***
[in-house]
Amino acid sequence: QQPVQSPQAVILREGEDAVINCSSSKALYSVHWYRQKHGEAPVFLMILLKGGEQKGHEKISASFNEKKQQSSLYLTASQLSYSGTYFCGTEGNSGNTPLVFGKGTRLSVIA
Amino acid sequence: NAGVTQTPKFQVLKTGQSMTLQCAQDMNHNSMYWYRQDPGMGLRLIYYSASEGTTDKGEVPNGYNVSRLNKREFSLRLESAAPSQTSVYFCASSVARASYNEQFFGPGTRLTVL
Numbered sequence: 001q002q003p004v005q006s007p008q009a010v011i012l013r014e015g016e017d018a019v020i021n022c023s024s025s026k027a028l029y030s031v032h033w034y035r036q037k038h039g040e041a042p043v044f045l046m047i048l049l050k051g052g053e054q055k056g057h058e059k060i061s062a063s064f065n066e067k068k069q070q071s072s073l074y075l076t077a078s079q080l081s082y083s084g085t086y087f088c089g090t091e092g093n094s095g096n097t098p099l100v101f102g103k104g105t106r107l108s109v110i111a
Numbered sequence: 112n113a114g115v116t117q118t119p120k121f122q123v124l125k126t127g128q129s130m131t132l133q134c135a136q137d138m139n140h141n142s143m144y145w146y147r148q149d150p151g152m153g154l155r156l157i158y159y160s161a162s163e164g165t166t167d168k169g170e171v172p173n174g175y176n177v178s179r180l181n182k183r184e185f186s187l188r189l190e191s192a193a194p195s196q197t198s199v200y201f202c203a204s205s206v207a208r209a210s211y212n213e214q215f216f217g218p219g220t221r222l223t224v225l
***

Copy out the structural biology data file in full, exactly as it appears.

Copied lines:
[in-house]
Amino acid sequence: QQPVQSPQAVILREGEDAVINCSSSKALYSVHWYRQKHGEAPVFLMILLKGGEQKGHEKISASFNEKKQQSSLYLTASQLSYSGTYFCGTEGNSGNTPLVFGKGTRLSVIA
Amino acid sequence: NAGVTQTPKFQVLKTGQSMTLQCAQDMNHNSMYWYRQDPGMGLRLIYYSASEGTTDKGEVPNGYNVSRLNKREFSLRLESAAPSQTSVYFCASSVARASYNEQFFGPGTRLTVL
Numbered sequence: 001q002q003p004v005q006s007p008q009a010v011i012l013r014e015g016e017d018a019v020i021n022c023s024s025s026k027a028l029y030s031v032h033w034y035r036q037k038h039g040e041a042p043v044f045l046m047i048l049l050k051g052g053e054q055k056g057h058e059k060i061s062a063s064f065n066e067k068k069q070q071s072s073l074y075l076t077a078s079q080l081s082y083s084g085t086y087f088c089g090t091e092g093n094s095g096n097t098p099l100v101f102g103k104g105t106r107l108s109v110i111a
Numbered sequence: 112n113a114g115v116t117q118t119p120k121f122q123v124l125k126t127g128q129s130m131t132l133q134c135a136q137d138m139n140h141n142s143m144y145w146y147r148q149d150p151g152m153g154l155r156l157i158y159y160s161a162s163e164g165t166t167d168k169g170e171v172p173n174g175y176n177v178s179r180l181n182k183r184e185f186s187l188r189l190e191s192a193a194p195s196q197t198s199v200y201f202c203a204s205s206v207a208r209a210s211y212n213e214q215f216f217g218p219g220t221r222l223t224v225l